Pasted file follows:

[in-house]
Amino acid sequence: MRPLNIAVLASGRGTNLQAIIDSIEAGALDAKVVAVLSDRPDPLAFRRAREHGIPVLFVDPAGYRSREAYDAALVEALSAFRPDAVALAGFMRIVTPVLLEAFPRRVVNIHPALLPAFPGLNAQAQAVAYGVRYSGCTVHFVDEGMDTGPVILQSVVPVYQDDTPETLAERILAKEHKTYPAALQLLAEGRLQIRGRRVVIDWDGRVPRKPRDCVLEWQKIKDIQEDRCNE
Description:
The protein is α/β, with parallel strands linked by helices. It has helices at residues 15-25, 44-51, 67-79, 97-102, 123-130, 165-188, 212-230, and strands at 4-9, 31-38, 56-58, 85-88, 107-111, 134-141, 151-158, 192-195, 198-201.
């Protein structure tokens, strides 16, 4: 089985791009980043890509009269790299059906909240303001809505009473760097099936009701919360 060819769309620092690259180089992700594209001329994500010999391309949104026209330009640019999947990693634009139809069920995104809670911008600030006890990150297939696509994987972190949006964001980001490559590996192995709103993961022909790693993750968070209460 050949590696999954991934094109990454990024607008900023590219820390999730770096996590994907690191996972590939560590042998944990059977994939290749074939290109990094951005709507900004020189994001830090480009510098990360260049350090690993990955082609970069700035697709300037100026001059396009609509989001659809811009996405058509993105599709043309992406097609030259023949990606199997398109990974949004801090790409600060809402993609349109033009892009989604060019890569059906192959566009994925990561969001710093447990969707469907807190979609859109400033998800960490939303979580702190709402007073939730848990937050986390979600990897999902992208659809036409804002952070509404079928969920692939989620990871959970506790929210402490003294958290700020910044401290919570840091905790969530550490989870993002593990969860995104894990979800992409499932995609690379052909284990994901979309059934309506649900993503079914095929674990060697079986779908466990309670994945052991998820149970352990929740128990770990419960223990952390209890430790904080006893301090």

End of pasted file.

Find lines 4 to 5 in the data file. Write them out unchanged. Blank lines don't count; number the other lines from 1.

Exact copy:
The protein is α/β, with parallel strands linked by helices. It has helices at residues 15-25, 44-51, 67-79, 97-102, 123-130, 165-188, 212-230, and strands at 4-9, 31-38, 56-58, 85-88, 107-111, 134-141, 151-158, 192-195, 198-201.
């Protein structure tokens, strides 16, 4: 089985791009980043890509009269790299059906909240303001809505009473760097099936009701919360 060819769309620092690259180089992700594209001329994500010999391309949104026209330009640019999947990693634009139809069920995104809670911008600030006890990150297939696509994987972190949006964001980001490559590996192995709103993961022909790693993750968070209460 050949590696999954991934094109990454990024607008900023590219820390999730770096996590994907690191996972590939560590042998944990059977994939290749074939290109990094951005709507900004020189994001830090480009510098990360260049350090690993990955082609970069700035697709300037100026001059396009609509989001659809811009996405058509993105599709043309992406097609030259023949990606199997398109990974949004801090790409600060809402993609349109033009892009989604060019890569059906192959566009994925990561969001710093447990969707469907807190979609859109400033998800960490939303979580702190709402007073939730848990937050986390979600990897999902992208659809036409804002952070509404079928969920692939989620990871959970506790929210402490003294958290700020910044401290919570840091905790969530550490989870993002593990969860995104894990979800992409499932995609690379052909284990994901979309059934309506649900993503079914095929674990060697079986779908466990309670994945052991998820149970352990929740128990770990419960223990952390209890430790904080006893301090």